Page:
The Nightmare Town

“Houses dream, did you know that?” I asked the shock-haired boy who followed me, head bowed (perhaps in prayer). “All things dream, to one degree or another. And sometimes our waking selves share dreams of the darkened hollow, the deep forest, city squares. Like them, houses dream, and when those dreams are nightmares, we call them haunted. This is such a house.”
― Jon Padgett, The Secret of Ventriloquism

©2023 Art by S.C. Hickman

A Puppet World

“Look at your body— A painted puppet, a poor toy of jointed parts ready to collapse, A diseased and suffering thing with a head full of false imaginings. —The Dhammapada”

“The clown figure has had so many meanings in different times and cultures. The jolly, well-loved joker familiar to most people is actually but one aspect of this protean creature. Madmen, hunchbacks, amputees, and other abnormals puppets_23_were once considered natural clowns; they were elected to fulfill a comic role which could allow others to see them as ludicrous rather than as terrible reminders of the forces of disorder in the world. But sometimes a cheerless jester was required to draw attention to this same disorder, as in the case of King Lear’s morbid and honest fool, who of course was eventually hanged, and so much for his clownish wisdom. Clowns have often had ambiguous and sometimes contradictory roles to play. (“The Last Feast Of The Harlequin”)”
― Thomas Ligotti, The Conspiracy Against the Human Race: A Contrivance of Horror

©2023 Art by S.C. Hickman

R. Scott Bakker: Anasûrimbor Kellhus and Cnaiür urs Skiötha

Anasûrimbor Kellhus

R. Scott Bakker Prince of Nothing Anasûrimbor Kellhus is tall and strong, with blonde hair and blue eyes. He has a long, heavy-featured and aquiline face. He wears his hair long, with a close-cropped beard. He has incredible powers of prediction and persuasion, which are derived from deep knowledge of rationality, cognitive biases, and causality, as discovered by the Dûnyain, a secret monastic sect. He is also a skilled fighter, sorcerer, and charismatic leader, who manipulates events and people to achieve his goals.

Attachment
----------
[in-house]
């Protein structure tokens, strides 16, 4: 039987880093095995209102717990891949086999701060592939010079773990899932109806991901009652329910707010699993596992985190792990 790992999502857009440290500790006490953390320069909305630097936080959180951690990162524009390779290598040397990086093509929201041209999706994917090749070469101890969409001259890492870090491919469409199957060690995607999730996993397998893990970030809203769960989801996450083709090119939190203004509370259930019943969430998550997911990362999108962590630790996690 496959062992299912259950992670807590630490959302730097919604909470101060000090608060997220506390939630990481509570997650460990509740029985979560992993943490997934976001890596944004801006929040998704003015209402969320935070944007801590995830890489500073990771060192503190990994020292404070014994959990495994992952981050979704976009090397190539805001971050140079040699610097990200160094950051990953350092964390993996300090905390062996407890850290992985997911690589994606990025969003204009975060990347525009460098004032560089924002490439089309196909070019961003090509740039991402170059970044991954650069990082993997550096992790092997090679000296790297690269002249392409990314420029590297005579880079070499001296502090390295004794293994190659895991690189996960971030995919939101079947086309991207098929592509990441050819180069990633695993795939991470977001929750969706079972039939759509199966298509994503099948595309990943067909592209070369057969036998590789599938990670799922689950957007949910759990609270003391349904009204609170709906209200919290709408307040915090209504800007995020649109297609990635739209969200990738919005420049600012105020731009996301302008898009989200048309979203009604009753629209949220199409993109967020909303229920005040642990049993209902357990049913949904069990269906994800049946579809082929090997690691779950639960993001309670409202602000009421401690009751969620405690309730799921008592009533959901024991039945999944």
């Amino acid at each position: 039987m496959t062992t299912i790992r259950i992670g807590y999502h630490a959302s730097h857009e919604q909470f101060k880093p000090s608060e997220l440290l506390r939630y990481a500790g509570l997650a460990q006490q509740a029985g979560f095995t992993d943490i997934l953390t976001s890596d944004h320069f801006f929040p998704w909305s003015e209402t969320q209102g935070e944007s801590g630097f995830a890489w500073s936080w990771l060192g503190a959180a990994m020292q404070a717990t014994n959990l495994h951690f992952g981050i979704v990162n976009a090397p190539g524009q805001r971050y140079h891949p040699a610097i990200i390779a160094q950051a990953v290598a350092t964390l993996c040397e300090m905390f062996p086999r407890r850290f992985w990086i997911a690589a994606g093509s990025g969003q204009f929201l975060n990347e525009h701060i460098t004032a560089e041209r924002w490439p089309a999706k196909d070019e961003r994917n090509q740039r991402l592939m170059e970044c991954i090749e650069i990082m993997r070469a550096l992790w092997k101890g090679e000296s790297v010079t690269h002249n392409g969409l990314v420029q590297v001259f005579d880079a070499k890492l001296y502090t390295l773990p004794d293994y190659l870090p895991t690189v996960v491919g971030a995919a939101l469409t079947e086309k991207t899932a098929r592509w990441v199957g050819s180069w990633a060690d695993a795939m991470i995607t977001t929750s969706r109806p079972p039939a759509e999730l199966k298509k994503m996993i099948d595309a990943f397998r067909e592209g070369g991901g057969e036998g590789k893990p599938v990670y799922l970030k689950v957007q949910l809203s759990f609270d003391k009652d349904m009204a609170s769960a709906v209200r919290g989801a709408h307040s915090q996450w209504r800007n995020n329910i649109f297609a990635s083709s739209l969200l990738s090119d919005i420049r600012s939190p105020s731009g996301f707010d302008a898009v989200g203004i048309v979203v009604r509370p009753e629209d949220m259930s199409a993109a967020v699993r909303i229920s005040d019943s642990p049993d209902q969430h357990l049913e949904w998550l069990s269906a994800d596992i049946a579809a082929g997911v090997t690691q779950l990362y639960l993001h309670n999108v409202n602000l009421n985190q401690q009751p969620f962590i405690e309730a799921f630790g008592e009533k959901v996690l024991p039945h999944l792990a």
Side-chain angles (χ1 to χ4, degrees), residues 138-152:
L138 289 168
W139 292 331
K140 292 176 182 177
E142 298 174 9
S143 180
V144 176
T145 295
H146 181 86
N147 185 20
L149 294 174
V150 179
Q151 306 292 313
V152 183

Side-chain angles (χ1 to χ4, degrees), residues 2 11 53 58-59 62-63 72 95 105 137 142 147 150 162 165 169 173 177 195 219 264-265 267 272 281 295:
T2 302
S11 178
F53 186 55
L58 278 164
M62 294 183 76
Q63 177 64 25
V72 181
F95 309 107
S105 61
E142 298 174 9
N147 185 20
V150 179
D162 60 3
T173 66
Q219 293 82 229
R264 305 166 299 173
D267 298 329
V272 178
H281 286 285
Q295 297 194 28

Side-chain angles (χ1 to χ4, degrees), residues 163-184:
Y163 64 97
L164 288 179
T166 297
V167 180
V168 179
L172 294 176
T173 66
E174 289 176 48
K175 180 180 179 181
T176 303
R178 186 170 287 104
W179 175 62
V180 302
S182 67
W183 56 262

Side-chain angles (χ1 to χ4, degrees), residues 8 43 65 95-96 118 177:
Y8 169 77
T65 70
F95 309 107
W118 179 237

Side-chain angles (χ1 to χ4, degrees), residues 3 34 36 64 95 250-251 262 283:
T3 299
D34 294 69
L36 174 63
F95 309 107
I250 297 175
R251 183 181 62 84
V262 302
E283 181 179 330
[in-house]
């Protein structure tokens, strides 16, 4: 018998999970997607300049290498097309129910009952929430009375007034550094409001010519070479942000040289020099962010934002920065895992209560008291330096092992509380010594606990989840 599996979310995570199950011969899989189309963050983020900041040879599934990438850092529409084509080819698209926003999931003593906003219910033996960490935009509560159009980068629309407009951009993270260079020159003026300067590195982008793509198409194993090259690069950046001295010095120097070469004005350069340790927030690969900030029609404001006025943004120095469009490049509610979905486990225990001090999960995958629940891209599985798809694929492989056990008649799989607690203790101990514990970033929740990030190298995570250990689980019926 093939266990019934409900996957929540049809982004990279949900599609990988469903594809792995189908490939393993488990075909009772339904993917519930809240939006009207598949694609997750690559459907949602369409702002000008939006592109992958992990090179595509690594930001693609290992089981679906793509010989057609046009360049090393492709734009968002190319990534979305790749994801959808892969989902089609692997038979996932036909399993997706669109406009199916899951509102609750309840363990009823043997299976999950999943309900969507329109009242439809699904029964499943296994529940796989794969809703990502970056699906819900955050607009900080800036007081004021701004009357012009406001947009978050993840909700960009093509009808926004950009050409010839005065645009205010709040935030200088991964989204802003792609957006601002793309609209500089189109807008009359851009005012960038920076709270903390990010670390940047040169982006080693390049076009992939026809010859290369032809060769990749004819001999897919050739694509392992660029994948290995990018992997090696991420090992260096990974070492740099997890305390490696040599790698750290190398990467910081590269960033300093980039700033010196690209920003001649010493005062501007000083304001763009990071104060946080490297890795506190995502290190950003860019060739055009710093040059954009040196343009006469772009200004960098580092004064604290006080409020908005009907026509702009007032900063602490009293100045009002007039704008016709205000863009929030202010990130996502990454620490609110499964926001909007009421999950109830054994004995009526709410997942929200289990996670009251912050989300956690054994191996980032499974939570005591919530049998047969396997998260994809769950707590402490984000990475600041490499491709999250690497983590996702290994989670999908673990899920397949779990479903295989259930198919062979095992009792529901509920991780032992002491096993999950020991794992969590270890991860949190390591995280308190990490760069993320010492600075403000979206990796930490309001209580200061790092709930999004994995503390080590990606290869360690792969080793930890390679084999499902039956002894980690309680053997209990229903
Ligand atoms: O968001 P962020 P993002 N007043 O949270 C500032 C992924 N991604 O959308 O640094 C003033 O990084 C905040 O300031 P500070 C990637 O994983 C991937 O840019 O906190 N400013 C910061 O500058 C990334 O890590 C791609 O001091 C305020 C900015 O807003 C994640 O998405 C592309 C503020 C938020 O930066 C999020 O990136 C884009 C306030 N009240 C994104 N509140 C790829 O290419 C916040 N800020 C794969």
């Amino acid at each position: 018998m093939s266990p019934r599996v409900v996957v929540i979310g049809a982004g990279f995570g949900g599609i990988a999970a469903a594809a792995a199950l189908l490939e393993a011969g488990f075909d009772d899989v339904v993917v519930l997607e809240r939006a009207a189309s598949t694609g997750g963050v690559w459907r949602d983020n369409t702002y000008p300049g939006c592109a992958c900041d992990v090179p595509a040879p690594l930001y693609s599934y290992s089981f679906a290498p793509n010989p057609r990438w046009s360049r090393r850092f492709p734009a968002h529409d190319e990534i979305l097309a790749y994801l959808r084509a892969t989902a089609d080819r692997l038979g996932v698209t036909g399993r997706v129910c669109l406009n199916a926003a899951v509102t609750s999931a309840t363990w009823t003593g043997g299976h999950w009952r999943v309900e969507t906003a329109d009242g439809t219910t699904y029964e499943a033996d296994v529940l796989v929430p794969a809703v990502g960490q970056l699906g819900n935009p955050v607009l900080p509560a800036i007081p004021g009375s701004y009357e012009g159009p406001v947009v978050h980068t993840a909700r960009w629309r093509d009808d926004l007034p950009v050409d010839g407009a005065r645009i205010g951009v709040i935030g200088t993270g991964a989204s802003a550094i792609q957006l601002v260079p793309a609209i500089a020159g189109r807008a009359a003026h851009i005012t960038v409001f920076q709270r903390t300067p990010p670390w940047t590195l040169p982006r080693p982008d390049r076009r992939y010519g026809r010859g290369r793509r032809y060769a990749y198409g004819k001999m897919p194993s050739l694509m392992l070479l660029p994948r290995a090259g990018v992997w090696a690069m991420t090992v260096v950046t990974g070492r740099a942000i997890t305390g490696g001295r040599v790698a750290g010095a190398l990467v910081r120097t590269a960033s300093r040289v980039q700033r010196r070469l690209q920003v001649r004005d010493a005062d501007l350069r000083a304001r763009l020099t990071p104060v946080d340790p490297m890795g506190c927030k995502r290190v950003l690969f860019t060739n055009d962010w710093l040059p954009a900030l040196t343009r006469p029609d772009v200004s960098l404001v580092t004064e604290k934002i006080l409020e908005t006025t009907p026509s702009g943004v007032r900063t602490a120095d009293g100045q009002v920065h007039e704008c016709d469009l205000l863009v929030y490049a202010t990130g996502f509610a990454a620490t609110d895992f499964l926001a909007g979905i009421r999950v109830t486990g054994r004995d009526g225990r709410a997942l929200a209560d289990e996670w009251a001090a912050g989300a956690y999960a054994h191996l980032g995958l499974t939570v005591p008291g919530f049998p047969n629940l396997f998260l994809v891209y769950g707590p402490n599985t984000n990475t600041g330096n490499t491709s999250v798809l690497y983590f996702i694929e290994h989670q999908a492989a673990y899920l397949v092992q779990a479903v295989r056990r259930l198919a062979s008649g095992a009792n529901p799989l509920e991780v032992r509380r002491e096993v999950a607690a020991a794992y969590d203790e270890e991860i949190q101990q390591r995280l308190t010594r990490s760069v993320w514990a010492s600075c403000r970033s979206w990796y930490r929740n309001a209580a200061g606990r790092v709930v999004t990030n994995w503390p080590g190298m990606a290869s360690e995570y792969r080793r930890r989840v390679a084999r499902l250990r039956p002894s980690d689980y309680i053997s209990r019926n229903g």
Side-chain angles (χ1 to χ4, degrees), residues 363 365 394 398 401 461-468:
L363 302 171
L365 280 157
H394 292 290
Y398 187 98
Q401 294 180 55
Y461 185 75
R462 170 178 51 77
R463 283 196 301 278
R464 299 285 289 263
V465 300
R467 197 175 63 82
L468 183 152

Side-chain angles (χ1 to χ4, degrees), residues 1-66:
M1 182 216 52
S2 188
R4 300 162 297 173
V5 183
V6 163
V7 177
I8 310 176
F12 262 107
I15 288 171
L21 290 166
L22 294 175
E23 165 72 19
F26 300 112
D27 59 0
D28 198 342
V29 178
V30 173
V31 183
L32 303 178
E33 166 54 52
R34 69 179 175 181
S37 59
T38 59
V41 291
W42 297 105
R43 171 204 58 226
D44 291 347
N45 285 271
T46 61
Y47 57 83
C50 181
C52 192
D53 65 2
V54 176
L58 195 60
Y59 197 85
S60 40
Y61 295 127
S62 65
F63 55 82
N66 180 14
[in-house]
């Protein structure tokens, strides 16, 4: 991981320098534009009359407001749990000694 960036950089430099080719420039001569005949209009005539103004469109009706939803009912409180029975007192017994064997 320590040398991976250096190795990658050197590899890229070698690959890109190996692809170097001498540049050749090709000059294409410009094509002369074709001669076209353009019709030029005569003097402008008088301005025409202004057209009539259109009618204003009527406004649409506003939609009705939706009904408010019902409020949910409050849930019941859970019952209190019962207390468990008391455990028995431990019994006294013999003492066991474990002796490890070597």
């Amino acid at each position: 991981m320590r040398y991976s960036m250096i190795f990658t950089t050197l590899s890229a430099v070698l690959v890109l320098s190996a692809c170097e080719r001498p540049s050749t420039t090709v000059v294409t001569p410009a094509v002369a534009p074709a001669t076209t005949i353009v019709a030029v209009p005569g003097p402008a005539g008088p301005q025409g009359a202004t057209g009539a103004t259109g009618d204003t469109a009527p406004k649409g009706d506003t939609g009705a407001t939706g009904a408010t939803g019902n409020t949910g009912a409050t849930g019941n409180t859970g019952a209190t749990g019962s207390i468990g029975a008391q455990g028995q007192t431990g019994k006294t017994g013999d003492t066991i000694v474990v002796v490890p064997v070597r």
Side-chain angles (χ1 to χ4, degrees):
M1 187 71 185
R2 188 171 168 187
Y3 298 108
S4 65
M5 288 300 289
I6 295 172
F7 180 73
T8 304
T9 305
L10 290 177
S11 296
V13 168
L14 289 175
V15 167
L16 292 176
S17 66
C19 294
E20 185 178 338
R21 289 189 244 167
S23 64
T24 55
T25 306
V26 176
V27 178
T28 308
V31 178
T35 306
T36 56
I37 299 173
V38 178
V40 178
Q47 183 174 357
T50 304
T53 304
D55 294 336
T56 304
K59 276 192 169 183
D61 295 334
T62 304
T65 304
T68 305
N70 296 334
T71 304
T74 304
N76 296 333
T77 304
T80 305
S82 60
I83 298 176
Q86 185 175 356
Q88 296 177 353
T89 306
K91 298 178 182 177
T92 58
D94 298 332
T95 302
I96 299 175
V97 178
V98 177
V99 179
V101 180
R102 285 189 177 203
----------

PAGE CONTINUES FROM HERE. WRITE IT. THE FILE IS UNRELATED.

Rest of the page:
Cnaiür urs Skiötha

Kept thinking about the fierce northern warlord Cnaiür urs Skiötha who watched ten-thousand or so of his own people die in a great battle because they stubbornly refused to follow his strategy. He would later run into the Dunyain monk Anasûrimbor Kellhus who’d become the Prince of Nothing later on.

from R. Scott Bakker’s Prince of Nothing (First Book)

©2023 Art by S.C. Hickman

The Grimdark World

The Grimdark World

satyr_31_As I’ve read the ancient Sagas and poetry of the northern heathens, pagans, and their mythologies, folklore, and legends I’ve sought to move away from the falsification of the chivalric romances that seemed to create a Romantic-Gothic Christianization of that primeval world of death, war, and tribal-clan life in the mountains and forests, lakes and fens, fjords and seas. I imagine even in my dark fantasy a more brutalist sword and sorcery world where the veils between dream and nightmare reality were an everyday occurrence. Yet, obviously there had to be times when these people came together in festival and celebration as well otherwise it would’ve been utter devastation and annihilation.

So as anthropologists over the decades have concluded across the planet war was a game of give and take enacted as part of the ritual world of sacrifice and the eternal war between gods in which humans partook under the guise of their totemic clan gods. In a Shamanic satyr_36_world of sorcery and magic where the powers of the forest were seen as sacred and alive, we even as moderns envision the power of the entheogenic and hallucinatory power of imagination to awaken in the outer world the inner workings of our own mind filling it with monstrous forms of terror and horror.

The grimdark works of such fantasists as R. Scott Bakker, Joe Abercrombie, and so many others bring this back into their own darker visions. I seek to do that in ai-generative art. I still have a long way to go to meet my own demands, but I offer this as a beginning.

©2023 Art by S.C. Hickman